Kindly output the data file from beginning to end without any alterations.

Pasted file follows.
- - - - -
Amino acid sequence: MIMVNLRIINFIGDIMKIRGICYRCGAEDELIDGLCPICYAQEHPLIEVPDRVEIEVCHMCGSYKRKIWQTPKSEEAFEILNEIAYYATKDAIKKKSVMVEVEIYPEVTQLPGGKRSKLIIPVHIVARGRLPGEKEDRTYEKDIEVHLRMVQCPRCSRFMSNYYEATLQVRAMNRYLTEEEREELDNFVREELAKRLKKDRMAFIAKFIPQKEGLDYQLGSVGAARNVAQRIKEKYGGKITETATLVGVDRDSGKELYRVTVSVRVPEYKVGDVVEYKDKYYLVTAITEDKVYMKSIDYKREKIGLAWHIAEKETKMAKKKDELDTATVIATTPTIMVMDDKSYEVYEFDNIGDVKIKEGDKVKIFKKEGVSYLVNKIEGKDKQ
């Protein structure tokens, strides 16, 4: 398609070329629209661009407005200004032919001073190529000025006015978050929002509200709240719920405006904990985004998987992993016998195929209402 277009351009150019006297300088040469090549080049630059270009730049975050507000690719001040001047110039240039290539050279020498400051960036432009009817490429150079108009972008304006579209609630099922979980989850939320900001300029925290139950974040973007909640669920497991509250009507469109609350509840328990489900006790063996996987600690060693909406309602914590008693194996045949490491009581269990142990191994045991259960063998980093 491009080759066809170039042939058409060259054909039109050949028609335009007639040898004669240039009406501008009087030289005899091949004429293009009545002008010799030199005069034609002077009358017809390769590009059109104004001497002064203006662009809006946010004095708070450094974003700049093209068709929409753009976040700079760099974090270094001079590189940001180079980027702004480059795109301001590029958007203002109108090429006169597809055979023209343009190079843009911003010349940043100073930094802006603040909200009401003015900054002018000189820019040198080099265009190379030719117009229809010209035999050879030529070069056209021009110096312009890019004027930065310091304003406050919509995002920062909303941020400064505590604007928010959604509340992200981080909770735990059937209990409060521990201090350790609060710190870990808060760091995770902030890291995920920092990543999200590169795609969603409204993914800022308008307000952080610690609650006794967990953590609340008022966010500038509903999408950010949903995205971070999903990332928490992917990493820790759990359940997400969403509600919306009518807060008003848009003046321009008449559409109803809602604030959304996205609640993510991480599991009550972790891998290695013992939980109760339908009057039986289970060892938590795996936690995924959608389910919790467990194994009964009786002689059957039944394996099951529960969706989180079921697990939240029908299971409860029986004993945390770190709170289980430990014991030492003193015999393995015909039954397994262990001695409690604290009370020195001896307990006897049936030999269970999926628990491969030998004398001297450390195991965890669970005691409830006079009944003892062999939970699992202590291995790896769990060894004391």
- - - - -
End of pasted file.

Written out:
Amino acid sequence: MIMVNLRIINFIGDIMKIRGICYRCGAEDELIDGLCPICYAQEHPLIEVPDRVEIEVCHMCGSYKRKIWQTPKSEEAFEILNEIAYYATKDAIKKKSVMVEVEIYPEVTQLPGGKRSKLIIPVHIVARGRLPGEKEDRTYEKDIEVHLRMVQCPRCSRFMSNYYEATLQVRAMNRYLTEEEREELDNFVREELAKRLKKDRMAFIAKFIPQKEGLDYQLGSVGAARNVAQRIKEKYGGKITETATLVGVDRDSGKELYRVTVSVRVPEYKVGDVVEYKDKYYLVTAITEDKVYMKSIDYKREKIGLAWHIAEKETKMAKKKDELDTATVIATTPTIMVMDDKSYEVYEFDNIGDVKIKEGDKVKIFKKEGVSYLVNKIEGKDKQ
């Protein structure tokens, strides 16, 4: 398609070329629209661009407005200004032919001073190529000025006015978050929002509200709240719920405006904990985004998987992993016998195929209402 277009351009150019006297300088040469090549080049630059270009730049975050507000690719001040001047110039240039290539050279020498400051960036432009009817490429150079108009972008304006579209609630099922979980989850939320900001300029925290139950974040973007909640669920497991509250009507469109609350509840328990489900006790063996996987600690060693909406309602914590008693194996045949490491009581269990142990191994045991259960063998980093 491009080759066809170039042939058409060259054909039109050949028609335009007639040898004669240039009406501008009087030289005899091949004429293009009545002008010799030199005069034609002077009358017809390769590009059109104004001497002064203006662009809006946010004095708070450094974003700049093209068709929409753009976040700079760099974090270094001079590189940001180079980027702004480059795109301001590029958007203002109108090429006169597809055979023209343009190079843009911003010349940043100073930094802006603040909200009401003015900054002018000189820019040198080099265009190379030719117009229809010209035999050879030529070069056209021009110096312009890019004027930065310091304003406050919509995002920062909303941020400064505590604007928010959604509340992200981080909770735990059937209990409060521990201090350790609060710190870990808060760091995770902030890291995920920092990543999200590169795609969603409204993914800022308008307000952080610690609650006794967990953590609340008022966010500038509903999408950010949903995205971070999903990332928490992917990493820790759990359940997400969403509600919306009518807060008003848009003046321009008449559409109803809602604030959304996205609640993510991480599991009550972790891998290695013992939980109760339908009057039986289970060892938590795996936690995924959608389910919790467990194994009964009786002689059957039944394996099951529960969706989180079921697990939240029908299971409860029986004993945390770190709170289980430990014991030492003193015999393995015909039954397994262990001695409690604290009370020195001896307990006897049936030999269970999926628990491969030998004398001297450390195991965890669970005691409830006079009944003892062999939970699992202590291995790896769990060894004391």